Terry Fox Run makes HCMC comeback

By Nguyen Quy   November 1, 2019 | 01:26 am PT
Terry Fox Run makes HCMC comeback
Participants at the 2018 Terry Fox Run Vietnam in District 7, Ho Chi Minh City. Photo courtesy of Canadian Chamber of Commerce in Vietnam.
The annual Terry Fox Run, which aims to raise money for cancer research, will return to HCMC’s District 7 on November 17.

The five-kilometer run will begin on Tan Trao Street in Phu My Hung urban area, home to a large expat community, and loop through Tan Phu, No. 23, and Nguyen Luong Bang Streets before again finishing at the end of Tan Trao.

Participants can register for the run for VND200,000 ($8.62) for an individual and VND300,000 ($12.95) for a team via the run's website.

Last year, the event raised VND2.8 billion ($121,012) for cancer research in Vietnam, organizers said.

Organized by the Canadian Chamber of Commerce in Vietnam in partnership with the Consulate General of Canada in Ho Chi Minh City, the charity run honors Terry Fox’s stringent efforts and keep alive his dream of finding a cure for cancer.

Fox grew up near Vancouver, British Columbia on Canada’s west coast. As an active teenager engaged in various sports, he was diagnosed with bone cancer when he was 18 years old, forcing him to have his right leg amputated in 1977.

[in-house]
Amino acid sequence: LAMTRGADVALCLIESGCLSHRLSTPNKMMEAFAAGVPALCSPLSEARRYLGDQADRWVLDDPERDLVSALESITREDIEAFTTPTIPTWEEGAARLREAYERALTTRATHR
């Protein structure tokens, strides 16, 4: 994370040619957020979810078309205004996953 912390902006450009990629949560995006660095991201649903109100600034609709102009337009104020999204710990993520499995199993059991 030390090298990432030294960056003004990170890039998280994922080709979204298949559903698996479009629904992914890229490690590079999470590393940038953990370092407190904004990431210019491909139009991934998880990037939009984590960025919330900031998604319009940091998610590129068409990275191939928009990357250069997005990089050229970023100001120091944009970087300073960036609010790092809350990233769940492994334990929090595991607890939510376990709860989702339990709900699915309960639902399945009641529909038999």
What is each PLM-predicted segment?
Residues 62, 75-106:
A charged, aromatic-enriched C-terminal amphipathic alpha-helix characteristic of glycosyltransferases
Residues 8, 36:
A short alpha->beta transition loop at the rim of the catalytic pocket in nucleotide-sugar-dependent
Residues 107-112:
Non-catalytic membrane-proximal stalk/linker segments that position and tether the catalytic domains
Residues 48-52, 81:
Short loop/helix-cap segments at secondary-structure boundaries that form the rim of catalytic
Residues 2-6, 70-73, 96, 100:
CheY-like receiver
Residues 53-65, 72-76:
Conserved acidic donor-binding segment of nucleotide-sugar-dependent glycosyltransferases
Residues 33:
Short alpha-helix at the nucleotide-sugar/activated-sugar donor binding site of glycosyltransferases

While in hospital, he  was so touched by the suffering of other cancer patients, many of them young children, that he decided to run across Canada to raise money for cancer research. After 143 days and 5,373 kilometers, he was forced to stop running outside Thunder Bay, Ontario because his cancer had returned. He on June 28, 1981, at the age 22.

The Terry Fox Run is actively organized in more than 30 countries and in thousands of locations in Canada and the U.S. To date, over $750 million has been raised worldwide for cancer research in Terry Fox’s name.

Almost 115,000 Vietnamese died of cancer last year, or over 300 a day in 2018, said Tran Van Thuan, director of Hanoi's K Hospital, one of the biggest in Vietnam and specializing in cancer treatment, citing figures collected by the World Health Organization’s Global Cancer Observatory last April.

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